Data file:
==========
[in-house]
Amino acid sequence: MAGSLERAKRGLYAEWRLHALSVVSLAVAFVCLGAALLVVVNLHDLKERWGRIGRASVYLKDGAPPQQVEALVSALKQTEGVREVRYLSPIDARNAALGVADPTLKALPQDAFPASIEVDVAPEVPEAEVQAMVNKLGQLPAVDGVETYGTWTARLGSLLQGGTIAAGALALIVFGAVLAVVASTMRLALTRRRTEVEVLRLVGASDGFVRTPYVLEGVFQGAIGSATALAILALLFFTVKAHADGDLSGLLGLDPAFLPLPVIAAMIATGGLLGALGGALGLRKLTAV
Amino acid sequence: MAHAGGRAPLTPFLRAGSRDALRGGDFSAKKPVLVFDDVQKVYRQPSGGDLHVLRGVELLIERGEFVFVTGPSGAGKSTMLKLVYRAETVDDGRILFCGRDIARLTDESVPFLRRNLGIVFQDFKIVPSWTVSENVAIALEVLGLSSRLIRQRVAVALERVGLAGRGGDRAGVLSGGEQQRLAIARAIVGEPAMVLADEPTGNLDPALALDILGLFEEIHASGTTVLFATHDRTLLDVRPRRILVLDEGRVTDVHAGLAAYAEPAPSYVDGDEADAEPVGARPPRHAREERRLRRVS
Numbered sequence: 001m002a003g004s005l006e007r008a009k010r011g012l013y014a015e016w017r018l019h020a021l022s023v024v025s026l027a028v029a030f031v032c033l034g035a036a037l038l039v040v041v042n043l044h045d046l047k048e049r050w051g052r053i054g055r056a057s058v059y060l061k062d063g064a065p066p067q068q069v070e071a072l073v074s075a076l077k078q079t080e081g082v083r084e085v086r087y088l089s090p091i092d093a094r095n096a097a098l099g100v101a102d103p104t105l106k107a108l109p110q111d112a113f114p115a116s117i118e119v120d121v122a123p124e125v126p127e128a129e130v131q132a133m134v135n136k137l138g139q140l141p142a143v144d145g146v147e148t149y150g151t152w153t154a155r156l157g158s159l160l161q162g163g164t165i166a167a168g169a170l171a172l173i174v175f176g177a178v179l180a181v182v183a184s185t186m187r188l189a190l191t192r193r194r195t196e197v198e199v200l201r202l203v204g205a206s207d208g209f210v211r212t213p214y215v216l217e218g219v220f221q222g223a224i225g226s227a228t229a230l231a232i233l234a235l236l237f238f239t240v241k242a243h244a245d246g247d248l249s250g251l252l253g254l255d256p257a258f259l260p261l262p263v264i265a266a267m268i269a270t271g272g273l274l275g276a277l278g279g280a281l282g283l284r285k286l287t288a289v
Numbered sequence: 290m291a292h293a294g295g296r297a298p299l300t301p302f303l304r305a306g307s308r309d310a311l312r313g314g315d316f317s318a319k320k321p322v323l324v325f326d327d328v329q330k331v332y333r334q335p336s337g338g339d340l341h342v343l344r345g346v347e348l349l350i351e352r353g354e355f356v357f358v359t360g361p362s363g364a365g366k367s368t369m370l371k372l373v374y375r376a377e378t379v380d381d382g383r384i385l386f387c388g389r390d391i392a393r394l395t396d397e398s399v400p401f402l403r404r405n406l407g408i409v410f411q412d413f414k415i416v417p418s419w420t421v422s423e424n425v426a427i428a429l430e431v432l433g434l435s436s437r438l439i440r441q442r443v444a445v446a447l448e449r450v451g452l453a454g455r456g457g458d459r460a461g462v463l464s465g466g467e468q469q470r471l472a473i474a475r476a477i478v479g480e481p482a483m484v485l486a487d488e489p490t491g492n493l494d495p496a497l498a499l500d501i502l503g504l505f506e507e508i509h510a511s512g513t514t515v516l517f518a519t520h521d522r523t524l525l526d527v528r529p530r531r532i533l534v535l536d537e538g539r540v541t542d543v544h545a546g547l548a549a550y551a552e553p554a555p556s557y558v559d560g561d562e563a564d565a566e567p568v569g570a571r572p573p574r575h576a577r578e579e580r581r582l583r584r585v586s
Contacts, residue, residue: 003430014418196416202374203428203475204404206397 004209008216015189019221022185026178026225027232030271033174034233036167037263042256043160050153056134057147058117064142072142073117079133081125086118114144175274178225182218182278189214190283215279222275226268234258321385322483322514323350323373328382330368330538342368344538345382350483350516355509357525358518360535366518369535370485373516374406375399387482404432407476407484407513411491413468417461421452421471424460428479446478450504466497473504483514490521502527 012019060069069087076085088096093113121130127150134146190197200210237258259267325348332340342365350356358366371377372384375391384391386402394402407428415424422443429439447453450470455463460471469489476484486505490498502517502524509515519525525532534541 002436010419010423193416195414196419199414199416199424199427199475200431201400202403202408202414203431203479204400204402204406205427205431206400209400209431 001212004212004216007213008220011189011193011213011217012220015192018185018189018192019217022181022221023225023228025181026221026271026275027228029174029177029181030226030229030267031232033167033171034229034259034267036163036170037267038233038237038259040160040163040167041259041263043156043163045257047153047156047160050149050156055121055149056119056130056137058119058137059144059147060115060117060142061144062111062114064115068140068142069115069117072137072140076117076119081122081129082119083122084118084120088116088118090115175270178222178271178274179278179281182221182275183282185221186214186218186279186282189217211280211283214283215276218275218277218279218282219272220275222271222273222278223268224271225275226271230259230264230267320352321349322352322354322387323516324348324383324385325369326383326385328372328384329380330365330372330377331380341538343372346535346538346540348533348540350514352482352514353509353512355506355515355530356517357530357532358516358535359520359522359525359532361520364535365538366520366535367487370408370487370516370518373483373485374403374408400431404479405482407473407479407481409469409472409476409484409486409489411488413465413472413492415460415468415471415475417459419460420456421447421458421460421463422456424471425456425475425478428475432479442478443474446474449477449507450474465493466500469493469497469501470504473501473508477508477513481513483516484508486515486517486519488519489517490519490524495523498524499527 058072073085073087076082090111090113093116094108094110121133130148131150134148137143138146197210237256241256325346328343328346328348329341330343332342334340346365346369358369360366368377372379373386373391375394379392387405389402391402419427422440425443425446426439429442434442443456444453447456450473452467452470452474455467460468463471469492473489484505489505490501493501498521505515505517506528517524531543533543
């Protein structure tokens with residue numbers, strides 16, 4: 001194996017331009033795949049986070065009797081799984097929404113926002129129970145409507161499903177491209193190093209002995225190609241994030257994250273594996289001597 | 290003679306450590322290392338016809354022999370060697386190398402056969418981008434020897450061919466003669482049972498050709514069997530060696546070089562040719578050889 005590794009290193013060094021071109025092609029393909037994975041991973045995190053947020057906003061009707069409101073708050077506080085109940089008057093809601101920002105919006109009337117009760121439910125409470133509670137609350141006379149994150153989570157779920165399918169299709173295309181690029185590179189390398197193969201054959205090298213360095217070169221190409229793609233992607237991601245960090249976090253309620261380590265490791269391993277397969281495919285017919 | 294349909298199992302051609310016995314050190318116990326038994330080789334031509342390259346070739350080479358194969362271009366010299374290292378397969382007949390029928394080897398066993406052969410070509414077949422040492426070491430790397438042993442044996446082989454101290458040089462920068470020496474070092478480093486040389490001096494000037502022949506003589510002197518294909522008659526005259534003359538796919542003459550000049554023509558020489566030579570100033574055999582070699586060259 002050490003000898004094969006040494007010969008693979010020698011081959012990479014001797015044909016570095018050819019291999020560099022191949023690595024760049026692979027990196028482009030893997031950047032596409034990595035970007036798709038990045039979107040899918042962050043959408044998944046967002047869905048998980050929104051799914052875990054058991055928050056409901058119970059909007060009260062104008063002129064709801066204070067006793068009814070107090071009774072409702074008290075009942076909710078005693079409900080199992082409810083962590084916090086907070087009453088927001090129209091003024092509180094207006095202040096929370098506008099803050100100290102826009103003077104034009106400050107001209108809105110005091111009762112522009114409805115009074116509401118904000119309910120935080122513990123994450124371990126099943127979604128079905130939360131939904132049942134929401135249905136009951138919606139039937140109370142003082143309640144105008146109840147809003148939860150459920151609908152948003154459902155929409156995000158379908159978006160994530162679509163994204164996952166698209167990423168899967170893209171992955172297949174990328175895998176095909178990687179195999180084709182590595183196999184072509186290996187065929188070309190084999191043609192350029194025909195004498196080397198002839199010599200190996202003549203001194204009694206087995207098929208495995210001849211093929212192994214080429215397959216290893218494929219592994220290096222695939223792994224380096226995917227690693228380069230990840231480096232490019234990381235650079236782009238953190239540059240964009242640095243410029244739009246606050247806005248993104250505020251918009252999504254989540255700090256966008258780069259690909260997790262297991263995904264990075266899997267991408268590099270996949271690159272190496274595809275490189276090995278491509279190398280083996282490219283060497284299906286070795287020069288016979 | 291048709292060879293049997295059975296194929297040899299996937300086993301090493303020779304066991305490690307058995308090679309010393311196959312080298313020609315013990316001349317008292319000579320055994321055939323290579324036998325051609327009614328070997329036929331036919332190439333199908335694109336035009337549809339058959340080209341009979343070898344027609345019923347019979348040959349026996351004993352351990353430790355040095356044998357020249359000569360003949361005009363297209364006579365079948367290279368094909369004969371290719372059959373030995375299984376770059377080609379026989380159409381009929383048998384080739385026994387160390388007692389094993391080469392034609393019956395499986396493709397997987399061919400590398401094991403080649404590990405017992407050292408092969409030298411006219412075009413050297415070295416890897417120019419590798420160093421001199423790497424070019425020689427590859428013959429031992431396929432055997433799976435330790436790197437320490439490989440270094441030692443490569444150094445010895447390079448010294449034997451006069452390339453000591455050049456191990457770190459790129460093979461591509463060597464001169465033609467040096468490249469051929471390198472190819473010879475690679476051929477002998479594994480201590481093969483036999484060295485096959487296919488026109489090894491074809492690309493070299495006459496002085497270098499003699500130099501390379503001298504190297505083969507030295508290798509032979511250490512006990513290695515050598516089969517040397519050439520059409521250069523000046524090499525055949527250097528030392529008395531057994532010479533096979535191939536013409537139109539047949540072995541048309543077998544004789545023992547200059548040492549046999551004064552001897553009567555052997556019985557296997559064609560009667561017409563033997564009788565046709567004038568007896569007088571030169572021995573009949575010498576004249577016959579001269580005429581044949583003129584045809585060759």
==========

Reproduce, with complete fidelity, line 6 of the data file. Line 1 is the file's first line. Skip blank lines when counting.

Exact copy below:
Contacts, residue, residue: 003430014418196416202374203428203475204404206397 004209008216015189019221022185026178026225027232030271033174034233036167037263042256043160050153056134057147058117064142072142073117079133081125086118114144175274178225182218182278189214190283215279222275226268234258321385322483322514323350323373328382330368330538342368344538345382350483350516355509357525358518360535366518369535370485373516374406375399387482404432407476407484407513411491413468417461421452421471424460428479446478450504466497473504483514490521502527 012019060069069087076085088096093113121130127150134146190197200210237258259267325348332340342365350356358366371377372384375391384391386402394402407428415424422443429439447453450470455463460471469489476484486505490498502517502524509515519525525532534541 002436010419010423193416195414196419199414199416199424199427199475200431201400202403202408202414203431203479204400204402204406205427205431206400209400209431 001212004212004216007213008220011189011193011213011217012220015192018185018189018192019217022181022221023225023228025181026221026271026275027228029174029177029181030226030229030267031232033167033171034229034259034267036163036170037267038233038237038259040160040163040167041259041263043156043163045257047153047156047160050149050156055121055149056119056130056137058119058137059144059147060115060117060142061144062111062114064115068140068142069115069117072137072140076117076119081122081129082119083122084118084120088116088118090115175270178222178271178274179278179281182221182275183282185221186214186218186279186282189217211280211283214283215276218275218277218279218282219272220275222271222273222278223268224271225275226271230259230264230267320352321349322352322354322387323516324348324383324385325369326383326385328372328384329380330365330372330377331380341538343372346535346538346540348533348540350514352482352514353509353512355506355515355530356517357530357532358516358535359520359522359525359532361520364535365538366520366535367487370408370487370516370518373483373485374403374408400431404479405482407473407479407481409469409472409476409484409486409489411488413465413472413492415460415468415471415475417459419460420456421447421458421460421463422456424471425456425475425478428475432479442478443474446474449477449507450474465493466500469493469497469501470504473501473508477508477513481513483516484508486515486517486519488519489517490519490524495523498524499527 058072073085073087076082090111090113093116094108094110121133130148131150134148137143138146197210237256241256325346328343328346328348329341330343332342334340346365346369358369360366368377372379373386373391375394379392387405389402391402419427422440425443425446426439429442434442443456444453447456450473452467452470452474455467460468463471469492473489484505489505490501493501498521505515505517506528517524531543533543